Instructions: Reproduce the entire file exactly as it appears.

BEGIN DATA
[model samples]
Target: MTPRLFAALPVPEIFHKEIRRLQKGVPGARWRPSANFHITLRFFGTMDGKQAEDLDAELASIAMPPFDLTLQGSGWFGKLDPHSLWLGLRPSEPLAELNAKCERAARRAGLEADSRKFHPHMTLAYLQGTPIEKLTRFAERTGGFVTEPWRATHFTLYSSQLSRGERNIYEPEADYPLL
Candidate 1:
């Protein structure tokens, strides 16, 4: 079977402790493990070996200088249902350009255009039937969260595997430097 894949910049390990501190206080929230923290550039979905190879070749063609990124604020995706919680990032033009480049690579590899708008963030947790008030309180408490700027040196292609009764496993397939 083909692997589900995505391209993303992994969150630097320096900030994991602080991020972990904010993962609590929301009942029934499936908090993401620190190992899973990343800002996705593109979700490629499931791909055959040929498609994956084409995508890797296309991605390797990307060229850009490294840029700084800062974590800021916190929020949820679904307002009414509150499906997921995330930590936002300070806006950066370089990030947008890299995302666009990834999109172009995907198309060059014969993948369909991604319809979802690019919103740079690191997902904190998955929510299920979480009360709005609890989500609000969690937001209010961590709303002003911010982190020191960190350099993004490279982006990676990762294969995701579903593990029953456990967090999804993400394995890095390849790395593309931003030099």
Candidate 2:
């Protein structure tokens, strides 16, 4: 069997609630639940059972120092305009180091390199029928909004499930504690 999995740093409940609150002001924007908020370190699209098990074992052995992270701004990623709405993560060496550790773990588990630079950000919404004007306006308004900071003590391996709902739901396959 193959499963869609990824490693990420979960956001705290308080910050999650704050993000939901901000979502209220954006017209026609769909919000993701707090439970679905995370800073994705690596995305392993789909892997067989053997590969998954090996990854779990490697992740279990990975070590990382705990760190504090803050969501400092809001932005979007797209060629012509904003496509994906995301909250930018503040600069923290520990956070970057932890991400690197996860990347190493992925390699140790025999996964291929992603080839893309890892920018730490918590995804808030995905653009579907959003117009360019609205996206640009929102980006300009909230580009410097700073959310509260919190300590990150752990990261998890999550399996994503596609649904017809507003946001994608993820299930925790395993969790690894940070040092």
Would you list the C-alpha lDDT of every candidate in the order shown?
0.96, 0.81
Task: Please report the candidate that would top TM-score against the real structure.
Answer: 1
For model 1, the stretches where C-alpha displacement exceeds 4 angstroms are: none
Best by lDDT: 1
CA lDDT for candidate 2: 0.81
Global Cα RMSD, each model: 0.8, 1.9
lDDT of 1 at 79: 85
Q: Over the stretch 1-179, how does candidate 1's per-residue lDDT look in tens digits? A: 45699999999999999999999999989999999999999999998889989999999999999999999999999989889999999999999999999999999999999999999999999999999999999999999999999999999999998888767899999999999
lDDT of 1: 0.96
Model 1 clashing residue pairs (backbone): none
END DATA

[model samples]
Target: MTPRLFAALPVPEIFHKEIRRLQKGVPGARWRPSANFHITLRFFGTMDGKQAEDLDAELASIAMPPFDLTLQGSGWFGKLDPHSLWLGLRPSEPLAELNAKCERAARRAGLEADSRKFHPHMTLAYLQGTPIEKLTRFAERTGGFVTEPWRATHFTLYSSQLSRGERNIYEPEADYPLL
Candidate 1:
């Protein structure tokens, strides 16, 4: 079977402790493990070996200088249902350009255009039937969260595997430097 894949910049390990501190206080929230923290550039979905190879070749063609990124604020995706919680990032033009480049690579590899708008963030947790008030309180408490700027040196292609009764496993397939 083909692997589900995505391209993303992994969150630097320096900030994991602080991020972990904010993962609590929301009942029934499936908090993401620190190992899973990343800002996705593109979700490629499931791909055959040929498609994956084409995508890797296309991605390797990307060229850009490294840029700084800062974590800021916190929020949820679904307002009414509150499906997921995330930590936002300070806006950066370089990030947008890299995302666009990834999109172009995907198309060059014969993948369909991604319809979802690019919103740079690191997902904190998955929510299920979480009360709005609890989500609000969690937001209010961590709303002003911010982190020191960190350099993004490279982006990676990762294969995701579903593990029953456990967090999804993400394995890095390849790395593309931003030099």
Candidate 2:
């Protein structure tokens, strides 16, 4: 069997609630639940059972120092305009180091390199029928909004499930504690 999995740093409940609150002001924007908020370190699209098990074992052995992270701004990623709405993560060496550790773990588990630079950000919404004007306006308004900071003590391996709902739901396959 193959499963869609990824490693990420979960956001705290308080910050999650704050993000939901901000979502209220954006017209026609769909919000993701707090439970679905995370800073994705690596995305392993789909892997067989053997590969998954090996990854779990490697992740279990990975070590990382705990760190504090803050969501400092809001932005979007797209060629012509904003496509994906995301909250930018503040600069923290520990956070970057932890991400690197996860990347190493992925390699140790025999996964291929992603080839893309890892920018730490918590995804808030995905653009579907959003117009360019609205996206640009929102980006300009909230580009410097700073959310509260919190300590990150752990990261998890999550399996994503596609649904017809507003946001994608993820299930925790395993969790690894940070040092």
Would you list the C-alpha lDDT of every candidate in the order shown?
0.96, 0.81
Task: Please report the candidate that would top TM-score against the real structure.
Answer: 1
For model 1, the stretches where C-alpha displacement exceeds 4 angstroms are: none
Best by lDDT: 1
CA lDDT for candidate 2: 0.81
Global Cα RMSD, each model: 0.8, 1.9
lDDT of 1 at 79: 85
Q: Over the stretch 1-179, how does candidate 1's per-residue lDDT look in tens digits? A: 45699999999999999999999999989999999999999999998889989999999999999999999999999989889999999999999999999999999999999999999999999999999999999999999999999999999999998888767899999999999
lDDT of 1: 0.96
Model 1 clashing residue pairs (backbone): none